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Speaking last Tuesday to the New York Housing Conference, Senator Chuck Schumer gave the crowd at the Sheraton music to go with their lunch: a proposal to double the Low Income Housing Tax Credit, the federal government’s largest affordable housing production effort.

“The credit has not only the support of housing advocates but also the backing of the very powerful real estate lobby who will also, in my opinion, get behind it,” said Schumer. “These people will be able to persuade many Republicans on the Finance Committee and in the Congress who wouldn’t normally vote for the expenditures.”

The tax credit program currently subsidizes the construction or preservation of 130,000 affordable housing units a year, including more than 4,300 in New York for 2003. Companies seeking to reduce their taxes can invest in the credit. The proceeds are then distributed by intermediary organizations to states and cities, which then pass them on to nonprofit and commercial housing developers. The Internal Revenue Service limits total investment in the tax credit to a maximum of $1.85 per state resident. Under Schumer’s proposal, Congress would double that, to $3.70.

Senate Democratic leadership recently appointed Schumer to the Finance Committee, an influential seat with power over Social Security, Medicare and Medicaid, welfare and other domestic spending, as well as the Internal Revenue Service, which administers the tax credit program. Among other posts, Schumer will remain on the Banking committee, which also deals with housing finance.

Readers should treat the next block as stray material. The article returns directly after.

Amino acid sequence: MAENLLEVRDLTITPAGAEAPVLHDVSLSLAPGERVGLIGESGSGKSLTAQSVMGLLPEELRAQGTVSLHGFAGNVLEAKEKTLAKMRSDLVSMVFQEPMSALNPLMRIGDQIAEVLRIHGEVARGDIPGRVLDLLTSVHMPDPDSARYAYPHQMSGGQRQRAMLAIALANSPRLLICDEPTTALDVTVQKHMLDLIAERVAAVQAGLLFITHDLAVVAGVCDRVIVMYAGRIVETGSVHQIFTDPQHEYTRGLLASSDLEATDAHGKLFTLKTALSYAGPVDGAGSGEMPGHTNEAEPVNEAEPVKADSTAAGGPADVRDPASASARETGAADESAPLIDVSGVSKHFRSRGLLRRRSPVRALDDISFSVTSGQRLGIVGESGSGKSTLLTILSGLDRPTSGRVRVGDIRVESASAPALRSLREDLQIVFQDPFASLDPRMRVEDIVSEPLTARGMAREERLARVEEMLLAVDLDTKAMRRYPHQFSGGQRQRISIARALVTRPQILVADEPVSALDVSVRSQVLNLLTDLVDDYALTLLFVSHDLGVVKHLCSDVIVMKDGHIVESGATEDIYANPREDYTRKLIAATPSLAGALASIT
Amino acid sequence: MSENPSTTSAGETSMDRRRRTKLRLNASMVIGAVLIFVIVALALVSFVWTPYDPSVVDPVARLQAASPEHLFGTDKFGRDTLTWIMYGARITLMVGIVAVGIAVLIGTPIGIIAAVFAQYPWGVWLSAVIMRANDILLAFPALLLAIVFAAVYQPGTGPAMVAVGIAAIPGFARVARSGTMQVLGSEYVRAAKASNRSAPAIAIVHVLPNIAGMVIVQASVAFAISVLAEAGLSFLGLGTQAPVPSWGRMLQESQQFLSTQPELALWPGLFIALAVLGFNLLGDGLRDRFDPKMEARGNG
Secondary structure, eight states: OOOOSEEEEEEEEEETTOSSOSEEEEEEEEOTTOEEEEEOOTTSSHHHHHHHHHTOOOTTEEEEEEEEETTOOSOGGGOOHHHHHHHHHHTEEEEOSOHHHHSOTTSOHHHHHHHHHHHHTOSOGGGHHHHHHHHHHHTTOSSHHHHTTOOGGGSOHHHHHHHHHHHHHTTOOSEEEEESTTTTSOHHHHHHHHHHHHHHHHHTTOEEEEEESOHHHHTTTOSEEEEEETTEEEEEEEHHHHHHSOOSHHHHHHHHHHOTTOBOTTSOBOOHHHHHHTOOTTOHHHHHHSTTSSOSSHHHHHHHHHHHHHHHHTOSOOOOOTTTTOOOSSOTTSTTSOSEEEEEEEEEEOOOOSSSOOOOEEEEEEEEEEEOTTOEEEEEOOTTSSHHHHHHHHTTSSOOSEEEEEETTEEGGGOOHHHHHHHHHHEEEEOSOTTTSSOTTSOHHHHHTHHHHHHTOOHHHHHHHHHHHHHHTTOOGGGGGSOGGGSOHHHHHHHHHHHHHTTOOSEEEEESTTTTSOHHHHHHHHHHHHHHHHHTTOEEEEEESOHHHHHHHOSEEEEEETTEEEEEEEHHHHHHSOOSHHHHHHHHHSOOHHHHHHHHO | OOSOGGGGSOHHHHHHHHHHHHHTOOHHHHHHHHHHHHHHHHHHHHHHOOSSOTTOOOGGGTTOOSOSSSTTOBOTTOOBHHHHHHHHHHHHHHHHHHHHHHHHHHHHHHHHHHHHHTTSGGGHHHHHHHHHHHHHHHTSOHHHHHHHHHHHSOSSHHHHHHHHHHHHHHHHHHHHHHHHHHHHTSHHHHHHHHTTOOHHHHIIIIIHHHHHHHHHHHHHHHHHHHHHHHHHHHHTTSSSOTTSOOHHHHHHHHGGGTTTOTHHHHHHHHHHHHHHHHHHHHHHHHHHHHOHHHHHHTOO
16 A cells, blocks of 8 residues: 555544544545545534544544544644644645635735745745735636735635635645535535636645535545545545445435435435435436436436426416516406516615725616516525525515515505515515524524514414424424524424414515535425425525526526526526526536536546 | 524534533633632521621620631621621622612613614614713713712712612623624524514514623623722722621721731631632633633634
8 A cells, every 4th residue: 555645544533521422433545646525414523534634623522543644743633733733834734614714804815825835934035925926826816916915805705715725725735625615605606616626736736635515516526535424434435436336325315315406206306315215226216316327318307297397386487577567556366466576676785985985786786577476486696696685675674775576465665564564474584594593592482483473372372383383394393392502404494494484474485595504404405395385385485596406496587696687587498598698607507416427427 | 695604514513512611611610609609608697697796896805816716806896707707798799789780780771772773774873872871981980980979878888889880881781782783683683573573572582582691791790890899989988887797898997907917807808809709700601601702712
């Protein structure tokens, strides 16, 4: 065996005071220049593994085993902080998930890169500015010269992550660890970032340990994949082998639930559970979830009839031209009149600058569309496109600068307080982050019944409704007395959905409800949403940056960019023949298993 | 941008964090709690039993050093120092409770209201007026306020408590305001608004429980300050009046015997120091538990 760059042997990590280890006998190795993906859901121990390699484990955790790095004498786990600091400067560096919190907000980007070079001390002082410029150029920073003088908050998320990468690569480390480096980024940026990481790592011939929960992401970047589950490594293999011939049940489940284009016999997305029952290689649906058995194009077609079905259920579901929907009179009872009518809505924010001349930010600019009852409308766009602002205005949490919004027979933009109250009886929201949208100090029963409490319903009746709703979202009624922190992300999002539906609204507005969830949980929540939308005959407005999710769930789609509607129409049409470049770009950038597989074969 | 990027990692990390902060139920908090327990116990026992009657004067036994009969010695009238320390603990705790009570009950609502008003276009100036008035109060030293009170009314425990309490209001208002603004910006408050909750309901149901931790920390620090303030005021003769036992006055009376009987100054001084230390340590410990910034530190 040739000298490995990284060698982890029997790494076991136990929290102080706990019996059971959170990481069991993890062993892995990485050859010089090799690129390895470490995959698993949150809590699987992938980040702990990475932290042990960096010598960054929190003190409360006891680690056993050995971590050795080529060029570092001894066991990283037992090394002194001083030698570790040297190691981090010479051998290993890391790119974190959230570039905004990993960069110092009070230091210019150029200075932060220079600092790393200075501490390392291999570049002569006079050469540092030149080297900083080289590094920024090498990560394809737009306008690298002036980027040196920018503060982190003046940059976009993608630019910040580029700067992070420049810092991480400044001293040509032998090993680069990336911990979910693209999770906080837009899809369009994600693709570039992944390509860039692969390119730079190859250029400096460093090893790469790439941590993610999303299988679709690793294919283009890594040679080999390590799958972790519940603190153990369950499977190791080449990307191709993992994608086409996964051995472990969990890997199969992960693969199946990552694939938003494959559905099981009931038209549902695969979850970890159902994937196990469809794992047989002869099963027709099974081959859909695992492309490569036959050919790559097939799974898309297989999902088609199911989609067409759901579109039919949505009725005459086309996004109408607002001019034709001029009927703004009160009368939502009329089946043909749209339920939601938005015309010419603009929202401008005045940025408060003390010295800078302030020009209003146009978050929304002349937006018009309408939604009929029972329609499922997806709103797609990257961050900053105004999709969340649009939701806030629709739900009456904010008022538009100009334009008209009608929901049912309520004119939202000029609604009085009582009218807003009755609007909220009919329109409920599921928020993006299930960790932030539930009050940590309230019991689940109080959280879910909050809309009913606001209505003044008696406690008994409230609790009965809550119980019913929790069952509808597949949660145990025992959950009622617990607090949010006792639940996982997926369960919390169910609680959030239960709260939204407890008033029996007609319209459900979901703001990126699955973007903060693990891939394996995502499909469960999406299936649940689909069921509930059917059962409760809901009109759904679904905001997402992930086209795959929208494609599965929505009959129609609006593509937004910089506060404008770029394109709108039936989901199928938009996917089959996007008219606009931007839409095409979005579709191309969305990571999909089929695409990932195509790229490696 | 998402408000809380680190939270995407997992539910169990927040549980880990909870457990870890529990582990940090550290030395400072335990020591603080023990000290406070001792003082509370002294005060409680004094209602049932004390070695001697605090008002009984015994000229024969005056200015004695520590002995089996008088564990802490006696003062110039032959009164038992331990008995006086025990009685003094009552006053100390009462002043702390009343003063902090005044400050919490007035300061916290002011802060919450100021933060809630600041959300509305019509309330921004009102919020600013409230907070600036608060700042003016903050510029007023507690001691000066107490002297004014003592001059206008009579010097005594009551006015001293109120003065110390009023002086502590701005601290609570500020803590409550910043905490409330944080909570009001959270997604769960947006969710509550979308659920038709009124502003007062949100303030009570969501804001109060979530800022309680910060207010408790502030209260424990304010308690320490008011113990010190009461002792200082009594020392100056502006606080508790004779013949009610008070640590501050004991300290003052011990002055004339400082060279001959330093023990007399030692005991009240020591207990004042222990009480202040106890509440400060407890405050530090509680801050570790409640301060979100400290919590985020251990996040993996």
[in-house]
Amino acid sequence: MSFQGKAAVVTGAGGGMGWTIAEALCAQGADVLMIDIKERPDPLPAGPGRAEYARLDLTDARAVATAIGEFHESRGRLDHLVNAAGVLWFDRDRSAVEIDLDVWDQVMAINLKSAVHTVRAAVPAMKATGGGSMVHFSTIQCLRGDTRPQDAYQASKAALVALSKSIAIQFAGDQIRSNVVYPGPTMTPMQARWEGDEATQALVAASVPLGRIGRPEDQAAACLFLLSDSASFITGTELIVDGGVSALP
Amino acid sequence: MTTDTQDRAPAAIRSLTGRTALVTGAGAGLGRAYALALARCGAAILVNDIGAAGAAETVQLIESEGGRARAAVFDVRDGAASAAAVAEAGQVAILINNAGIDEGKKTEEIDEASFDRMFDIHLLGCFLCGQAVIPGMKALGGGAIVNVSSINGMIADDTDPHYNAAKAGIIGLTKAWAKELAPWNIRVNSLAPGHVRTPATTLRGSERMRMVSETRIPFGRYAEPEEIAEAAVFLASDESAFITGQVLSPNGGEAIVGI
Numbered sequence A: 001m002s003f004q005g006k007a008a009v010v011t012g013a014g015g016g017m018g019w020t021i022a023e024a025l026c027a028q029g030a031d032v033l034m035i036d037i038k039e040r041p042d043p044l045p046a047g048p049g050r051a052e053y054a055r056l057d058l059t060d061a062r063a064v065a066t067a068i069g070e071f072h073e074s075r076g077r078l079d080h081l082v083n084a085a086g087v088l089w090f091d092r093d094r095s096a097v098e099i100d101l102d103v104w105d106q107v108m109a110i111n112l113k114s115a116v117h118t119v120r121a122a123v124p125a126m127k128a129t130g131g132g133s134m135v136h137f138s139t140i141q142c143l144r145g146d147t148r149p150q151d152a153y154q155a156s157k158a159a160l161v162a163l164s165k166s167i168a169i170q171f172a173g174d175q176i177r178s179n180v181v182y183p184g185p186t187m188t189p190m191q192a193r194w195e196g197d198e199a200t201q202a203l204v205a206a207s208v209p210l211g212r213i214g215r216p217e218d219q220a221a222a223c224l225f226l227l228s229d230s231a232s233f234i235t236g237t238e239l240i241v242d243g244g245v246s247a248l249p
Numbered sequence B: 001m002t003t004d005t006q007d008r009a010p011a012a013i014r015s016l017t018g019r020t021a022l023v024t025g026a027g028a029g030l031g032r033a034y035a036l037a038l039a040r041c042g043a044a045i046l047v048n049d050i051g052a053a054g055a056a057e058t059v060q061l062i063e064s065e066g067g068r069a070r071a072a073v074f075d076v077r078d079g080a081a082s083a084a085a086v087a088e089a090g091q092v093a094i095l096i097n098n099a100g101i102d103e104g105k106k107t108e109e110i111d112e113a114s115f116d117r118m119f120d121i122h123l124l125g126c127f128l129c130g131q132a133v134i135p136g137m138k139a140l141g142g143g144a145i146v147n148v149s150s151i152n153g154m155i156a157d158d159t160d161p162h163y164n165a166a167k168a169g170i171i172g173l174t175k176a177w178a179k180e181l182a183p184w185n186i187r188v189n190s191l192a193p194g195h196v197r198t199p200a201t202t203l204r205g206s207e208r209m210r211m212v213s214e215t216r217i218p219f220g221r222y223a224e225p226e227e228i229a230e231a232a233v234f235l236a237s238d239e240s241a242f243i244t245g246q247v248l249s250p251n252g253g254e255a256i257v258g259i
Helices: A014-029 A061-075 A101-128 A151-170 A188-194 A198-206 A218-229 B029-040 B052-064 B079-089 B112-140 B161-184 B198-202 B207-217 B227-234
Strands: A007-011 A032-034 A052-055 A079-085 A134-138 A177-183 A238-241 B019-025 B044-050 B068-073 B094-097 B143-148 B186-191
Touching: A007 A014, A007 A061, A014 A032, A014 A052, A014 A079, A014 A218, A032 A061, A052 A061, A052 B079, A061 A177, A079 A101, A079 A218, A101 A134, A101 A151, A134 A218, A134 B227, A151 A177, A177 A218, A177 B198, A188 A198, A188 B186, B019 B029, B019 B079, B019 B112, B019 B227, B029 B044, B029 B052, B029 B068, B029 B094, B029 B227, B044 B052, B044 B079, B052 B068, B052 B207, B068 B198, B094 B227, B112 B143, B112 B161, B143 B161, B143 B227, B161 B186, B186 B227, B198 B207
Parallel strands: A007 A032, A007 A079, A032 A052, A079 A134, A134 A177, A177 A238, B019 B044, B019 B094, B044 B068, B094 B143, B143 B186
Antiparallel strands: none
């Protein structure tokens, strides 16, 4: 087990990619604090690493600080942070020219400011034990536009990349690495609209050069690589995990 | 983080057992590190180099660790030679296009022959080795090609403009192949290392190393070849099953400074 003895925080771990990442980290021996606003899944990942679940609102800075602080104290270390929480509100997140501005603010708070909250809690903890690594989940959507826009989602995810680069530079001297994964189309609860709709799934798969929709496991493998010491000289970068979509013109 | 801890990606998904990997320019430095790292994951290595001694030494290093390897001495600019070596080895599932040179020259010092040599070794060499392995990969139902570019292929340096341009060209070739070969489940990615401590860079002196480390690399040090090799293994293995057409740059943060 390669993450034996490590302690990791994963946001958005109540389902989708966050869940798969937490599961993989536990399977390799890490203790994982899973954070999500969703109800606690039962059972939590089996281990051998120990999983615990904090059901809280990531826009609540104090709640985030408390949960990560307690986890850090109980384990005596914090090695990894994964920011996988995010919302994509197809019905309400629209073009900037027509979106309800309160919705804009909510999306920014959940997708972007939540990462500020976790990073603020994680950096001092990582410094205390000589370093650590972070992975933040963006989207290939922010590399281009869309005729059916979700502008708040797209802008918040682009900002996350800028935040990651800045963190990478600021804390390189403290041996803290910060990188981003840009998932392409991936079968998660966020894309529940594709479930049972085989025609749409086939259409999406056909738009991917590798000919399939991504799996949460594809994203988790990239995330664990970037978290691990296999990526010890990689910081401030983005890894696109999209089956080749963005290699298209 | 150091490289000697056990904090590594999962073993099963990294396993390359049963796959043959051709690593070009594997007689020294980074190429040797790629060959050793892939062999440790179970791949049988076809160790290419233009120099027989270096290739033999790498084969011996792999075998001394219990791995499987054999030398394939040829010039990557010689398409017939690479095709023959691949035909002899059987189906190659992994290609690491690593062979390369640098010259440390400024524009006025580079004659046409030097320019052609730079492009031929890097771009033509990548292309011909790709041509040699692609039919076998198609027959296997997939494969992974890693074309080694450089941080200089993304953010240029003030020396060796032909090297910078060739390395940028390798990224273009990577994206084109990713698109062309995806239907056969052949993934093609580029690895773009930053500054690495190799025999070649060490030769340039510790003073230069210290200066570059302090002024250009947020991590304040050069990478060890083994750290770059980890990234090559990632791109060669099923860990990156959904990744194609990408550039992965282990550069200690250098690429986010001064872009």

Schumer said he has identified potential Republican supporters of the proposal, although he declined to name any. Like any Democratic legislative proposal in the Republican-run Senate, the tax credit expansion now faces an uphill climb. “Competition for resources from tax policymakers is very broad and intense. Every industry in the country wants tax credits,” noted Buzz Roberts, director of policy for the Local Initiatives Support Corporation, which advised Schumer’s staff on the proposal and is one of the nation’s biggest Low Income Housing Tax Credit intermediaries. In October, President Bush signed off on $143 billion in new corporate tax breaks.

In addition, Bush has indicated that he wants to form a commission to reform the tax code. Last year, Congress considered changes to corporate taxes that could greatly reduce companies’ incentive to invest in the Low Income Housing Tax Credit, and affordable housing advocates remain concerned that such proposals could resurface.

Given the wide range of business the finance committee will be tackling in the next session—including measures to privatize Social Security—Roberts considers it no small gift that Schumer is there pushing housing as a priority. Said Roberts, “It’s terrific for housing and terrific for New York.”